The best tourist attractions in Trinidad

photo by Stephen Colebourne

Cuba has many fascinating cities, and Trinidad is among the most interesting of them all. This tiny town is one of the most well preserved colonial towns in South America, as a Unesco World Heritage Site to boot. On the map, Trinidad doesn’t look like much, and its center is made up of no more than a couple of blocks, but despite its reduced size, it is one of the most popular attractions in Cuba. The cobbled streets and the pastel-colored buildings hide many treasure that will appeal to the discerning traveler. Trinidad might not be famous for its nightlife or shopping, but it is a must-see for anyone who’s interested in Cuban culture and history. Here are some of the best tourist attractions in Trinidad.

Plaza Mayor

If you plan on rambling around the twisty streets of Trinidad, you had better start at the very heart of the old town, at the Plaza Mayor. The beautiful buildings surrounding the plaza are the product of a rather unpleasant history (they were built using the riches gained from slave trade and labor on sugar plantations), but they are marvelous to look at. The square is a great start for a walk around the old streets, or a place to stop and return to when you get tired of walking.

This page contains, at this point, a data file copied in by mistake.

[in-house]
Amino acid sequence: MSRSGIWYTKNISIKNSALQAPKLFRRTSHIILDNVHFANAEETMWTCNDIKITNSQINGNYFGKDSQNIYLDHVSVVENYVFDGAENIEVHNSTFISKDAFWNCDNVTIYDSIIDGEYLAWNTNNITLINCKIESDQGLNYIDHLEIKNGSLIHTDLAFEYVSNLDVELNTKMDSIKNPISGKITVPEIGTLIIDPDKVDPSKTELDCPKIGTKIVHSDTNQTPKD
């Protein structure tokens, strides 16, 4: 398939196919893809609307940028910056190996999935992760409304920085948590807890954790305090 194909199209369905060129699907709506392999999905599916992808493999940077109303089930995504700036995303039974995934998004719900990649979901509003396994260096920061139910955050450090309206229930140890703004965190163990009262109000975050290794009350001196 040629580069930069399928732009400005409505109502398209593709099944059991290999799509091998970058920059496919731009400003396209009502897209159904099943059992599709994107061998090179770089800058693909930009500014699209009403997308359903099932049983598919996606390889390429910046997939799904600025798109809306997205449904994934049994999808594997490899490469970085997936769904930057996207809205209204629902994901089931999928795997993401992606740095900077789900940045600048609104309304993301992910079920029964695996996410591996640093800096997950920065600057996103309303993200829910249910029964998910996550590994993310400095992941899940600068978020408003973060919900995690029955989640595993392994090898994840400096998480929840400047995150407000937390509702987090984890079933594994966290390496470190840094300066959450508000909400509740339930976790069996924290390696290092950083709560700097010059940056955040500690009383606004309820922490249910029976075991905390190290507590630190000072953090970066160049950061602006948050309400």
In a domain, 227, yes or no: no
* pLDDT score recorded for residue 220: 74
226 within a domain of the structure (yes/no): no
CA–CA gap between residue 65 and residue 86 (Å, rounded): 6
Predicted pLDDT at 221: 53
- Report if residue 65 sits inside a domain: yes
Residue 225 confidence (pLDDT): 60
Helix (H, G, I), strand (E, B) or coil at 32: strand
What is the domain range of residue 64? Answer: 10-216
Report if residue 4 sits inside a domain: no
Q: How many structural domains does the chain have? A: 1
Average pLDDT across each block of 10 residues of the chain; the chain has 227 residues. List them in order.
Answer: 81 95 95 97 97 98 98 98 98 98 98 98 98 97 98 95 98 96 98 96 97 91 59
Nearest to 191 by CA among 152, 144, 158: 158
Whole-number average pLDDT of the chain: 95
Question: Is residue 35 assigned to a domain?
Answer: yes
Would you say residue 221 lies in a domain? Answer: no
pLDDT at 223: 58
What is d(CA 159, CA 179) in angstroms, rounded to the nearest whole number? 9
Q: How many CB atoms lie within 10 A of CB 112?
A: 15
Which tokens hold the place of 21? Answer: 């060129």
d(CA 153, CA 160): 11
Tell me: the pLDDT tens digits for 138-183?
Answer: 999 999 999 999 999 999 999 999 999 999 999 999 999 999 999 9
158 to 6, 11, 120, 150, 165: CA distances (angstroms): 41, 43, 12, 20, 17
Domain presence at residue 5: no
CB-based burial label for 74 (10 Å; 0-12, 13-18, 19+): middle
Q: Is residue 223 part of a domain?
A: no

Plazuela del Jigüe

photo by Justin Otto

The small square of Jigüe is a place you can’t forget easily. Historically, Plazuela del Jigüe is important to Cubans because this is the place where Bartolomé de Las Casas, a Dominican friar, celebrated the first mass in Cuba in 1514. On of the highlights of the square is the El Jigüe restaurant with its interesting portico and hand painted tiles.

Church of the Holy Trinity

The Church of the Holy Trinity in the Plaza Mayor is one of the most interesting buildings in the city, dating back to the 19th century, but built on the site of an older church. The church contains one of the local treasure of Trinidad, a wooden statue of Jesus, initially intended for a church in Mexico, but returned to Trinidad when the ship carrying it ran into bad weather.

Palacio Brunet

photo by Stephen Colebourne

This palace built in 1812 had some rough times in the past, but it has been lovingly and carefully restored, and today it is one of the gems of the city. The palace is beautiful, but if you go inside you can visit the Romantic Museum, which displays art and objects that used to belong to the family that built the palace.

Museo Histórico Municipal

The Municipal History Museum is a must-see attractions for those who are interested in Antiques and lavish furniture from the 19th century, as well as exhibits relating to slave history in Cuba, as well as mementos and displays about the Cuba Revolution. While you’re there, don’t forget to climb the tower, which offers a spectacular bird’s eye view of Trinidad.

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